GUWAHATI, Jan 19 - With a view to consolidating forest boundaries, the State forest department has asked the divisional forest officers to prepare a report on the status of reserve forests (RFs) in their respective areas of jurisdiction as well as prepare an eviction and post-eviction plan.
Newly appointed Principal Chief Conservator of Forest and Head of Forest Force (HoFF) AM Singh said the exercise would aim to get a clearer picture of the status of the forest areas.
“We want to digitize the boundaries through use of GPS coordinates and field survey. We will see if we can put up boundary pillars. If the consolidation is not done and protection measures are not taken, the decline in the forest cover will continue. Once we get the boundaries of forests, we will use ICT tools for their protection,” Singh told The Assam Tribune.
There are 312 RFs and 145 proposed reserve forests (PRFs) in the State. Even as the RFs are facing the brunt of encroachment and tree felling, the government has been sitting on the proposal to notify the PRFs for the last several decades. A lot of developmental activities have already taken place within the PRFs. Sources pointed out that even the forest staff are not aware of the boundaries of the RFs at places.
Officials put the total encroached area in the RFs at over 3,738 sq km. Another 139 sq km forests under protected areas (wildlife sanctuaries and national parks) are also under encroachment.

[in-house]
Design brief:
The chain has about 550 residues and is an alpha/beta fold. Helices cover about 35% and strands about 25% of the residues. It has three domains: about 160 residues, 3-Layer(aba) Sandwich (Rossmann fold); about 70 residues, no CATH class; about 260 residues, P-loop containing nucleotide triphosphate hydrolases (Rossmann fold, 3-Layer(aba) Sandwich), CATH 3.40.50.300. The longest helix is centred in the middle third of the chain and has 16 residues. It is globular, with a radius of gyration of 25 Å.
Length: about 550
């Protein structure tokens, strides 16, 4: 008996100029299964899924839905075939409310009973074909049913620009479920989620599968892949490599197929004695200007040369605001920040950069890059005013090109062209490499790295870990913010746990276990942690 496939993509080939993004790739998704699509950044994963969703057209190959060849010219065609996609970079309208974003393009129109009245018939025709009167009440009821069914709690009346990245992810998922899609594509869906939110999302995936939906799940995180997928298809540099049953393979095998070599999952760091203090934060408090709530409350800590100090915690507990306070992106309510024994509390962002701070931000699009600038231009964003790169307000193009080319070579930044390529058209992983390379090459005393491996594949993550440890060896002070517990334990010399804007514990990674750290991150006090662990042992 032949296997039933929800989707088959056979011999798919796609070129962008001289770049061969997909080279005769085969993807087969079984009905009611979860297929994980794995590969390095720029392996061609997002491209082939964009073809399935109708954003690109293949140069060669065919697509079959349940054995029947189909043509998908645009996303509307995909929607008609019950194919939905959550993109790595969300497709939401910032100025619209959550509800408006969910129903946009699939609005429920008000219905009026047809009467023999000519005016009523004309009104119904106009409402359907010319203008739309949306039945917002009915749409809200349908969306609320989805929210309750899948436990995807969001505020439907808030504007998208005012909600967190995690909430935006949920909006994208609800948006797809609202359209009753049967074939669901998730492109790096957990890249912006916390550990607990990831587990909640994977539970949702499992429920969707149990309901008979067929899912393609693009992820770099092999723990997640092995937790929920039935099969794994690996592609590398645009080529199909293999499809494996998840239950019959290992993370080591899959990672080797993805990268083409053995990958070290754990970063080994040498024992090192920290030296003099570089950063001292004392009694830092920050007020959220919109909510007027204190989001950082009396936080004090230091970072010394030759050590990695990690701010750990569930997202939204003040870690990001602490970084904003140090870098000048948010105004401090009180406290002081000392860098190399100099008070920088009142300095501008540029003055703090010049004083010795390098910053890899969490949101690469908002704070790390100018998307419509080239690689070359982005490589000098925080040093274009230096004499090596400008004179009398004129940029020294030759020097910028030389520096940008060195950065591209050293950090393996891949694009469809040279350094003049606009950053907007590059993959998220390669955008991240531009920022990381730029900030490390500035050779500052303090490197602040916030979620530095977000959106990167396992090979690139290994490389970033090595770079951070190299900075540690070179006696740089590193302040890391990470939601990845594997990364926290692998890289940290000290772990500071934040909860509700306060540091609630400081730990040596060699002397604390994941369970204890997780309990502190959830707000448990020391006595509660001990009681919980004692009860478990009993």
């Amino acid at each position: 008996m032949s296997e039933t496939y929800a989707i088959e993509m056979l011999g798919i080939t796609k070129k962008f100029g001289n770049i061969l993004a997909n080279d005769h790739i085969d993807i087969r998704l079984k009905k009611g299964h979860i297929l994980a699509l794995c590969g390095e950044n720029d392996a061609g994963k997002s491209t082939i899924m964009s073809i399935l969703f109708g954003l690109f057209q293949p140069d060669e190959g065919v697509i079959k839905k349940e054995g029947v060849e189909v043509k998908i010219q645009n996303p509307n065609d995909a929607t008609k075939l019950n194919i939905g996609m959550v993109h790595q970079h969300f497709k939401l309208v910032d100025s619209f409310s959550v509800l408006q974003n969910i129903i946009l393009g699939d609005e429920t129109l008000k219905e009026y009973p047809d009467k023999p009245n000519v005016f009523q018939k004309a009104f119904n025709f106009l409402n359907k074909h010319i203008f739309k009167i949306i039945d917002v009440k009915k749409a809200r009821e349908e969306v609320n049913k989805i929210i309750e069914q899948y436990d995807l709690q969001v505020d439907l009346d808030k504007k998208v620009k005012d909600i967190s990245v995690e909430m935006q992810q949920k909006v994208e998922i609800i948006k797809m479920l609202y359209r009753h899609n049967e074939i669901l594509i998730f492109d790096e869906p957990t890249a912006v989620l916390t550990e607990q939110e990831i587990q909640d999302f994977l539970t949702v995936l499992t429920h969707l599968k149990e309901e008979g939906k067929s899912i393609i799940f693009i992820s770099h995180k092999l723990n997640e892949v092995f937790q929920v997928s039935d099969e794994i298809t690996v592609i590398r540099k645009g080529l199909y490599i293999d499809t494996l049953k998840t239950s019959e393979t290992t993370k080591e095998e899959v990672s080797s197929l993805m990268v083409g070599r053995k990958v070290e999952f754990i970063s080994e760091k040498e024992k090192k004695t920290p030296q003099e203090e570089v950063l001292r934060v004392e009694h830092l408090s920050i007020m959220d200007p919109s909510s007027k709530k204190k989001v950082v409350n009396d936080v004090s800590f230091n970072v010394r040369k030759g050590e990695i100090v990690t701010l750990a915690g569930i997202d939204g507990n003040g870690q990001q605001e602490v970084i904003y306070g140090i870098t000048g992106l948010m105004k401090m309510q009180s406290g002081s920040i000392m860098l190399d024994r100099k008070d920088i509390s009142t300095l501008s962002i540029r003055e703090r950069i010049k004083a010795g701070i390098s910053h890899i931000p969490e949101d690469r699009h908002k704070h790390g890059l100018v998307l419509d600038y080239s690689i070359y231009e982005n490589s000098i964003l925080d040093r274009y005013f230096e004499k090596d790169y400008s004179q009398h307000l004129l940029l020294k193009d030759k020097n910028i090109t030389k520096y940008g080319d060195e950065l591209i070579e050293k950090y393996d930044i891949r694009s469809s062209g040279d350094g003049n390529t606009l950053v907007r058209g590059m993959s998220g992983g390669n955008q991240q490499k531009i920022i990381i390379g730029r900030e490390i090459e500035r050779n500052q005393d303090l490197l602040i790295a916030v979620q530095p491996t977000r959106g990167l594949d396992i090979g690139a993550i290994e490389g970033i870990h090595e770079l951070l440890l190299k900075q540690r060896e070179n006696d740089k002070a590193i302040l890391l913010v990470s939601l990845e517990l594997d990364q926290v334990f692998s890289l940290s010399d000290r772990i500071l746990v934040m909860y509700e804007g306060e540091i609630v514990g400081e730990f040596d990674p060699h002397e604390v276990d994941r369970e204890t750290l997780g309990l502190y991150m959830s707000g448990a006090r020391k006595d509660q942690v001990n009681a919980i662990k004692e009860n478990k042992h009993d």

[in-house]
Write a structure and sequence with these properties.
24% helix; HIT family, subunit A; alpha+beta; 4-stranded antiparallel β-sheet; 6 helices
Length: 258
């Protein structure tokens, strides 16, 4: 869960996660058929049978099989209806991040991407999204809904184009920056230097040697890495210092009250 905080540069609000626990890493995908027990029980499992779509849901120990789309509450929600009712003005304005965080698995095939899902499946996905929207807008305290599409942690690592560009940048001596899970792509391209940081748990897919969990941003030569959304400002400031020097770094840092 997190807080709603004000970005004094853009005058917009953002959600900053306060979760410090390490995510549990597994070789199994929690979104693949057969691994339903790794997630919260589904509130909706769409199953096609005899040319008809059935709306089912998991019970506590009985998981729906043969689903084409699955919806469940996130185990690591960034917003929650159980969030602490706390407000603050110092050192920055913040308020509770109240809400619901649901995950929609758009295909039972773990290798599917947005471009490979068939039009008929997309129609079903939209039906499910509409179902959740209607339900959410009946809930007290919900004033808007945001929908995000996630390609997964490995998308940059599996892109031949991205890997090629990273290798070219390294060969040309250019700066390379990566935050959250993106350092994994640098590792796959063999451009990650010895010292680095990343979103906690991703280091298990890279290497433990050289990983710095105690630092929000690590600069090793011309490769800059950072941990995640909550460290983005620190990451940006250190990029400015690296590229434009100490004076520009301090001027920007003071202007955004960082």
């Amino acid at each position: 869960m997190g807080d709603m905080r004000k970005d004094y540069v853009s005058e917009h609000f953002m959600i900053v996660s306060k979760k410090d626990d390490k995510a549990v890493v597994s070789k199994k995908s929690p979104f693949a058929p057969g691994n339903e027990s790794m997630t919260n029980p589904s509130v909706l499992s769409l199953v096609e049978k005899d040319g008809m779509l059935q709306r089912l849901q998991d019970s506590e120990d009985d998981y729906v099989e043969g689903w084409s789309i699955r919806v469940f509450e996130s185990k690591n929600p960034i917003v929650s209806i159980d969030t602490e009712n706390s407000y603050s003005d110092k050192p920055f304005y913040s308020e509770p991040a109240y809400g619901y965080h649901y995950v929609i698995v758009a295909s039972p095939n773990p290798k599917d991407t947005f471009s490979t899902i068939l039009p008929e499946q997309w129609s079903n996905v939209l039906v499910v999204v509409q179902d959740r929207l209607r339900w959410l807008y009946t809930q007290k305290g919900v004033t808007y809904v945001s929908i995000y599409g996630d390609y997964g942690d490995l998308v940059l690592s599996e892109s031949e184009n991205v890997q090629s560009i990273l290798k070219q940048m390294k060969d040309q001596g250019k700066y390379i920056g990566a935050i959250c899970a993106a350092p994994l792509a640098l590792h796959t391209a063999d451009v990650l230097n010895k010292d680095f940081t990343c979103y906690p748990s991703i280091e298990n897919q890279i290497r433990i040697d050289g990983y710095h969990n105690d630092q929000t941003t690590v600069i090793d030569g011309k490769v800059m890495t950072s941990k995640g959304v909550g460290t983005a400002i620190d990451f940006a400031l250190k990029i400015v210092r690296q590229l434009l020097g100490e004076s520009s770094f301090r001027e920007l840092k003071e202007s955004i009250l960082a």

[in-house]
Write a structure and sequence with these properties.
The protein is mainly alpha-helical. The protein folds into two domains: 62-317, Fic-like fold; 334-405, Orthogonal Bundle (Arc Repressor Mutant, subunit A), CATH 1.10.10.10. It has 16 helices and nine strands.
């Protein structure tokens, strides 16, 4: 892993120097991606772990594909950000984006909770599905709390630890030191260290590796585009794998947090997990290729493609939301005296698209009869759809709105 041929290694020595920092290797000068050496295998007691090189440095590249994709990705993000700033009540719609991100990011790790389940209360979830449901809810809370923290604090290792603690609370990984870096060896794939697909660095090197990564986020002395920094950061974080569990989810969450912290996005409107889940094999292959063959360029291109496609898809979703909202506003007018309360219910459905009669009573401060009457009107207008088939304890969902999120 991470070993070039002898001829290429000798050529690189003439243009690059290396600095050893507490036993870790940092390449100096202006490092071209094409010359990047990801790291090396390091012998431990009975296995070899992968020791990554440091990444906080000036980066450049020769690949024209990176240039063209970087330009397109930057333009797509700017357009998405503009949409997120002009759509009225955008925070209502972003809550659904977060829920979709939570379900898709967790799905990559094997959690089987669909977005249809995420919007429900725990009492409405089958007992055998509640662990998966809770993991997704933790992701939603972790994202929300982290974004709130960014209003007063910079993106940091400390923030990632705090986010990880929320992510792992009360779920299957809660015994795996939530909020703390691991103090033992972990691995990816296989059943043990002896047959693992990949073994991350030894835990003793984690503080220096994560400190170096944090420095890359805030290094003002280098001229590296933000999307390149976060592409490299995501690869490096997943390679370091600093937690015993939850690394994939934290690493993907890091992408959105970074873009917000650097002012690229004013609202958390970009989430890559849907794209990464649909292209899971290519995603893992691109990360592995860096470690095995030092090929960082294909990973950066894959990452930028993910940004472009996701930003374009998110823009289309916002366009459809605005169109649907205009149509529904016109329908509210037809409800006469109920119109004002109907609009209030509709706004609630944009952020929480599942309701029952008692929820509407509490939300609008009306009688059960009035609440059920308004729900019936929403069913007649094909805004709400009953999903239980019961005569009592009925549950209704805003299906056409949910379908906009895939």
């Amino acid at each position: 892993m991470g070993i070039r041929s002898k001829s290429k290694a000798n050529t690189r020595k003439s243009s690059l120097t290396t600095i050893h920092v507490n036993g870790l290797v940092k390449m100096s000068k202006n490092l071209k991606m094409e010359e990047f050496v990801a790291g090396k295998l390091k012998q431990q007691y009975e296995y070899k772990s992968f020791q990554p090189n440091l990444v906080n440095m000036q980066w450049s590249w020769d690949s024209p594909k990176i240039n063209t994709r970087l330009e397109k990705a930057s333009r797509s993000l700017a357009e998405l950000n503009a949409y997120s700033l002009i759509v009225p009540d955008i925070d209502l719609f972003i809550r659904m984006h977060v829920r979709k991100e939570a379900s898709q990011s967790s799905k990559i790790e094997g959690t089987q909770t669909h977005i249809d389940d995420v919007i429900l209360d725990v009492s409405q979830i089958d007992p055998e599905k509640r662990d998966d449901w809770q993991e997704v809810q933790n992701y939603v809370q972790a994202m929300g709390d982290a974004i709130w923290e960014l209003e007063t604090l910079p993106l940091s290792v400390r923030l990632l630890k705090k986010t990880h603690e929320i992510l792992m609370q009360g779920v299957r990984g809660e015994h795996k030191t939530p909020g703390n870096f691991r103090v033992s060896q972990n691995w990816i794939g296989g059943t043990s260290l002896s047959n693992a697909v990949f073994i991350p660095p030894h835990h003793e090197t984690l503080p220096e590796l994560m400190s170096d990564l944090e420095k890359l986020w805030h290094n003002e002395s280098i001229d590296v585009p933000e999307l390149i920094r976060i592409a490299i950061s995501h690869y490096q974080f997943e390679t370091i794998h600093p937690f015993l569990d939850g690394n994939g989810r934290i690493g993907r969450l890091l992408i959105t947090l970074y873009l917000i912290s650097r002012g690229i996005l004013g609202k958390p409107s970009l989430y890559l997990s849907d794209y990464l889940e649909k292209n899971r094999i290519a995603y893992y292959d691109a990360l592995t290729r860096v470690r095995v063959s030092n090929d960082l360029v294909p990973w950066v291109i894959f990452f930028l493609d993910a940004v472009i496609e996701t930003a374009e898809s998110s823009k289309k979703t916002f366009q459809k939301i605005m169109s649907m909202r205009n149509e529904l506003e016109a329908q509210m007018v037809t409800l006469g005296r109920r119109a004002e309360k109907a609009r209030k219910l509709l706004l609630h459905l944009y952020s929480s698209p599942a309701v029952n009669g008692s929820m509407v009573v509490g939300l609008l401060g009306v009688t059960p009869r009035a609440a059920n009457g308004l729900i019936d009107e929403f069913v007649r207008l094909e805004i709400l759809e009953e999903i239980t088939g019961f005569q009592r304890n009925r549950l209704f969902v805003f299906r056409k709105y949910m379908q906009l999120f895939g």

The State of Forest Report 2017 had stated that there was an increase of 567 sq km of forest cover in Assam compared to the previous report prepared two years back. But the increase was mostly due to plantations outside the forest areas. The decrease in the forest cover in some districts was mainly due to rotational felling in tea gardens, shifting cultivation and developmental activities, the report had said.
“On paper, the figures have not changed much. But when we go to the jungle, we can see the actual status. Tree felling has been going on unabatedly and the quality of forests has degraded. We need to put into place a protection mechanism and go for a massive forestation programme simultaneously,” Singh said.
The forest department, he said, wants to enhance the quality of forests apart from increasing the forest cover. “The focus of the plantation programme will be on the degraded forests where the canopy density is less than 10 per cent. We are also aiming to convert the open forests into medium forests,” he said.
To mitigate the man-elephant conflict, Singh said fodder-based plantations would be carried out in the protected areas so that the animals get food within the forests and do not venture out to human habitats.